Some Thinking about Organizational Alignment

When you listen to organizations and their language, there are some obvious signals available when things aren't going well. You will hear people talk about "They" fairly often, as if these others were competitors or saboteurs rather than others within the organization who should be sharing the same goals and objectives as the rest of us.

And departments, because of their nature, also develop visions, goals and objectives that do not align with those of every other department. Each often has its unique desired outcomes and often, without the understanding of senior management, there are actually conflicting objectives.

Consider sales and accounting, or marketing and underwriting for an insurance company or bank. The sales and marketing people are measured and rewarded on the amount sold, while the accounting or underwriting people are measured on safety or quality. Thus, the former group might want to "write" everything they can and see what might go through while the others are more motivated to block the sale if there might be any objection.

Now, my example is NOT real-world in that more balance is demanded than what I mentioned above, but it is this kind of non-alignment that needs to be continually addressed and discussed.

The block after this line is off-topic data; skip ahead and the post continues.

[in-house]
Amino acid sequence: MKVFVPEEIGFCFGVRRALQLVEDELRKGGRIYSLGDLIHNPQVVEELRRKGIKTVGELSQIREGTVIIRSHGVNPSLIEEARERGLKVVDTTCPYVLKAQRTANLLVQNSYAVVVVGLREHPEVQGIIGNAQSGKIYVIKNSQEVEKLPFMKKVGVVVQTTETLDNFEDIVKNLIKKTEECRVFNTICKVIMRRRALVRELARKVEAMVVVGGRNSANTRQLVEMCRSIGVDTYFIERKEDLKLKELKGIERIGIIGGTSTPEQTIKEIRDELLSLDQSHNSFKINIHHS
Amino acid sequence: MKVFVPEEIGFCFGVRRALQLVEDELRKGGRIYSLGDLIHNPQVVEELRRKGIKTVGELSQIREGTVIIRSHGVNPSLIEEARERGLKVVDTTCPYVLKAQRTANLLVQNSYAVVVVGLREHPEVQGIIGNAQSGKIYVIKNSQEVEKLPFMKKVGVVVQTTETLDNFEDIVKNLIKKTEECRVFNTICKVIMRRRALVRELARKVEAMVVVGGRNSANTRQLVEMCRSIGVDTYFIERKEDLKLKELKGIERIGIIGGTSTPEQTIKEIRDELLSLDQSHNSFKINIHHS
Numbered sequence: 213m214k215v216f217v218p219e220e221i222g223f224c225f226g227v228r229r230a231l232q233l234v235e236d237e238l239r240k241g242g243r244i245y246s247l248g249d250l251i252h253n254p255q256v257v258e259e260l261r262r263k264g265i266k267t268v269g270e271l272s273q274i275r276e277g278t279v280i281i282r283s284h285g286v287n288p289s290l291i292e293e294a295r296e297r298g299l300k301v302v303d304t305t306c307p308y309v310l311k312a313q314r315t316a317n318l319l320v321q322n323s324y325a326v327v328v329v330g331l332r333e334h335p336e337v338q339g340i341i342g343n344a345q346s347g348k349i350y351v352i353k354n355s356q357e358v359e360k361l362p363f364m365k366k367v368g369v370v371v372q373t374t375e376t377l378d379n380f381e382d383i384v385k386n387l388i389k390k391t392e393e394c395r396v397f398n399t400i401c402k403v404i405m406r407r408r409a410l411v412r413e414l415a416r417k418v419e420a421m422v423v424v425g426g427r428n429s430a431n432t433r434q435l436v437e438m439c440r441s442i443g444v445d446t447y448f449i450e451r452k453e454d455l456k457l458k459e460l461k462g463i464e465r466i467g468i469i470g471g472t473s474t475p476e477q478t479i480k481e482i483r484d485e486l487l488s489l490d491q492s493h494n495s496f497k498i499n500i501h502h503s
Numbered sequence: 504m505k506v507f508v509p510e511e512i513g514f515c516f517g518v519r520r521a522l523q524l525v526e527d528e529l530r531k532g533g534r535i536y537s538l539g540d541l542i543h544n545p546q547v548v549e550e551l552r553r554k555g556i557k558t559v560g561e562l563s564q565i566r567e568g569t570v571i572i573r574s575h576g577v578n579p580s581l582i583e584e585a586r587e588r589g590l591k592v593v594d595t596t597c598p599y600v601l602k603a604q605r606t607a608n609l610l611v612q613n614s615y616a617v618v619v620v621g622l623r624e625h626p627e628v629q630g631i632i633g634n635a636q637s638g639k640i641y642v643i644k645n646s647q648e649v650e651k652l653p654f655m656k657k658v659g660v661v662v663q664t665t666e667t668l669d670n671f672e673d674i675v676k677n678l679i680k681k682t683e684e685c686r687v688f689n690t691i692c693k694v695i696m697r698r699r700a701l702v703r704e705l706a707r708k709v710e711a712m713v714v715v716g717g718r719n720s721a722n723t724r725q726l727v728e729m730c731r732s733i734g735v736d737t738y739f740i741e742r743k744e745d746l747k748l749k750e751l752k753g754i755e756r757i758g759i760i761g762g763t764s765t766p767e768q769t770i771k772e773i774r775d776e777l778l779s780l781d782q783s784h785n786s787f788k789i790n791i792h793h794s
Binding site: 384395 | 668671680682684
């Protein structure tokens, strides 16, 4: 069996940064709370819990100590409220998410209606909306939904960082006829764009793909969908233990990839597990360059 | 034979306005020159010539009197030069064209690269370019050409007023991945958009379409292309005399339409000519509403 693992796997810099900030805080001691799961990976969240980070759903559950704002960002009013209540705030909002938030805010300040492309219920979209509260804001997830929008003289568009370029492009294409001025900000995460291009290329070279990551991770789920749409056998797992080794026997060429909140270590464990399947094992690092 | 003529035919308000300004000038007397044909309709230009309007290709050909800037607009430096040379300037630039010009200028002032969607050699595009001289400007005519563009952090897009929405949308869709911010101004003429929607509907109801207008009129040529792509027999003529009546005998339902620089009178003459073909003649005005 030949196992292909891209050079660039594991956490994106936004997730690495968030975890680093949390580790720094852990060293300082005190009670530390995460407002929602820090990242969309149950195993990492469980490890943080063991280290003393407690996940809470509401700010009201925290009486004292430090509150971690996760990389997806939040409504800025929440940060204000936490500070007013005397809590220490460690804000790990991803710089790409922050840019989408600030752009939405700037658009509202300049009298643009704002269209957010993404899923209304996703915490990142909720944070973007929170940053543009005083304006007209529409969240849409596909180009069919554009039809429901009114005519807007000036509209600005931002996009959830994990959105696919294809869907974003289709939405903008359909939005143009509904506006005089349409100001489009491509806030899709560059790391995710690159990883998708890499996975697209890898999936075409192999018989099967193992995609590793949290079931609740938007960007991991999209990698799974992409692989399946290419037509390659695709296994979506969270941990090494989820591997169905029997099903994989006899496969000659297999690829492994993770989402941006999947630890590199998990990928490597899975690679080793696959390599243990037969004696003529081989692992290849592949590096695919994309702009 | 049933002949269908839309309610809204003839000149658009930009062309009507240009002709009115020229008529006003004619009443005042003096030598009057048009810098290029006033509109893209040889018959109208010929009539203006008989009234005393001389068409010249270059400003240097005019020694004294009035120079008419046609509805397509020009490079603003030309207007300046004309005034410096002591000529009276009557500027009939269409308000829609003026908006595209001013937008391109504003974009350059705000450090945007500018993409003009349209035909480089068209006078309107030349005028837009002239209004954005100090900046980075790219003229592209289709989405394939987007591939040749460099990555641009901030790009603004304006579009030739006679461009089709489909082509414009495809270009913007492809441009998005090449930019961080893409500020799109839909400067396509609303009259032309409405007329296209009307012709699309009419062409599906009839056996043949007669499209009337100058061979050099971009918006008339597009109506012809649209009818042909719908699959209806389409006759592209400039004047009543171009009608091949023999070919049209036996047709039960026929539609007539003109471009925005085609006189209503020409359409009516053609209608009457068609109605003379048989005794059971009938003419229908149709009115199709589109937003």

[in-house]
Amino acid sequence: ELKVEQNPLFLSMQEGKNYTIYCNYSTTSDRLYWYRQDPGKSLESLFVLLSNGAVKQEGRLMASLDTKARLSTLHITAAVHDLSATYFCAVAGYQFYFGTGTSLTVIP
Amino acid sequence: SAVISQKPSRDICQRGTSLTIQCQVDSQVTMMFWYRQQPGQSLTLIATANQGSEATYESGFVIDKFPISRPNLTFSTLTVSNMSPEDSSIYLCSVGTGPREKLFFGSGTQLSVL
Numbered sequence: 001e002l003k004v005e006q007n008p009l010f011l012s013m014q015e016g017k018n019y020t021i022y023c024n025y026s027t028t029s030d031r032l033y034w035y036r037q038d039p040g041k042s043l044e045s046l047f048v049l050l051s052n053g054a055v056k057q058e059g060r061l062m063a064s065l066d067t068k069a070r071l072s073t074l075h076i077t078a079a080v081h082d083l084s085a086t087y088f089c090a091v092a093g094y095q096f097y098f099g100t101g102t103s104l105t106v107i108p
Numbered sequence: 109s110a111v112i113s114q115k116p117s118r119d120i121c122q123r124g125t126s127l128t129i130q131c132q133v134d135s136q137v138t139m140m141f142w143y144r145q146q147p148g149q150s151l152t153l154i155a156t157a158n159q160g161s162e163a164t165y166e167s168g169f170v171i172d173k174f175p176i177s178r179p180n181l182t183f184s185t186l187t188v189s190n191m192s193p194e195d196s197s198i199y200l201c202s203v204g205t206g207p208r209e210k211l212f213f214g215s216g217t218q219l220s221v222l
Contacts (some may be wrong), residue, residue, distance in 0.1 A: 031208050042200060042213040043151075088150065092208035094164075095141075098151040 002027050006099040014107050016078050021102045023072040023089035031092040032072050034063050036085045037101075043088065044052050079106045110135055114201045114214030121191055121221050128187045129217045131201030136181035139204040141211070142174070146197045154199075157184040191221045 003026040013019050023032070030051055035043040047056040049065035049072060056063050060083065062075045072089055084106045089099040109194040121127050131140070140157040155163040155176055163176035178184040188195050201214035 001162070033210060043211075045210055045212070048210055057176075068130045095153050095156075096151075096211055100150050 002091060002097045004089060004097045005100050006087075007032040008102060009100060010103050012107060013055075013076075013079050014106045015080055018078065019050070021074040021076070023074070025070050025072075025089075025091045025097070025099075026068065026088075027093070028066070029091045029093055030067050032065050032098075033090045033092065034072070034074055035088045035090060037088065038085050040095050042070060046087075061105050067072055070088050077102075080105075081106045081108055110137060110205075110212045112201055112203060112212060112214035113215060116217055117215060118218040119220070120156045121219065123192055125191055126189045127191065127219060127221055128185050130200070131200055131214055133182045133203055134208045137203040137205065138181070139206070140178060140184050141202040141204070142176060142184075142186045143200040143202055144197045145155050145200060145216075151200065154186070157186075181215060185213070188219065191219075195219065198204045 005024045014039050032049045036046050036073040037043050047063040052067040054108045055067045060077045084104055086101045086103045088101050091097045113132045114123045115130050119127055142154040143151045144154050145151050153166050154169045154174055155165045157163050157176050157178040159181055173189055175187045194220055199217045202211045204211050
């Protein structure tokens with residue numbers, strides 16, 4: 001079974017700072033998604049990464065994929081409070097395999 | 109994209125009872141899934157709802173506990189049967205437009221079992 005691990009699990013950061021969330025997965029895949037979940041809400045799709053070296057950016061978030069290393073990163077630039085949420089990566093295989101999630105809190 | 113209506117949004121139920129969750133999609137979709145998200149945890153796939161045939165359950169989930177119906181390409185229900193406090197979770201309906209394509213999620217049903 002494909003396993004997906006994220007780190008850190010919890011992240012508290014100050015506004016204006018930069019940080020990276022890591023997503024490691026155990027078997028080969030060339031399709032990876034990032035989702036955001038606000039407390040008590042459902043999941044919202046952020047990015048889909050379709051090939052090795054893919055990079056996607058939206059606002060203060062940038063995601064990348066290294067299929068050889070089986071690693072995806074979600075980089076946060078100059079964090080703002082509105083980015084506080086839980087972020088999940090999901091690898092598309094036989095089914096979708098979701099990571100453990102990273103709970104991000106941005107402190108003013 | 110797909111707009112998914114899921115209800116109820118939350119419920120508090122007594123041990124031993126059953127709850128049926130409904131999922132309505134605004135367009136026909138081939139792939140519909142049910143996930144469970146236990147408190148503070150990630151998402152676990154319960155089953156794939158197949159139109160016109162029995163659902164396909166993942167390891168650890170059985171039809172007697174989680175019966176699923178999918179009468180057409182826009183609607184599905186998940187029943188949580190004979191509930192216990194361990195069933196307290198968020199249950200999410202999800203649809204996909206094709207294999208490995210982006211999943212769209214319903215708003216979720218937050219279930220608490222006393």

In my organizational experience, senior management tends to view things from the Top, thinking that the organization and departments are aligned and operating in a collaborative way, as witnessed below.

But in reality, things seem to operate more like this:


Is it any wonder that the people in the organization might develop some distrust for other departments or leadership? They are faced with trying to deliver customer service and quality on the one hand, but commonly run into issues of perceived "lack of support" from other departments.

If we are to expect organizations to optimize results, we need to understand that people will not take risks unless they feel that they have the unconditional support of the leadership throughout the organization. They will cross the risk bridge only when they feel that management will not fail them and that the journey is not a terribly risky one.


The solutions are fairly simple -- ASK about the issues and opportunities. ENGAGE people in a discussion of the journey and an identification of the Square Wheels and Round ones. LISTEN to what they say when it comes to clarity of mission and vision. How many "THEY" comments appear in the discussions about how to improve things? Then work to ADDRESS these issues and opportunities and generate alignment among the people and the departments.

Lastly, remember that:

Trust is the Residue of Promises Fulfilled.

Hope that this is useful. Have FUN out there!

(c) Copyright Performance Management Company, 2000. All Rights Reserved.

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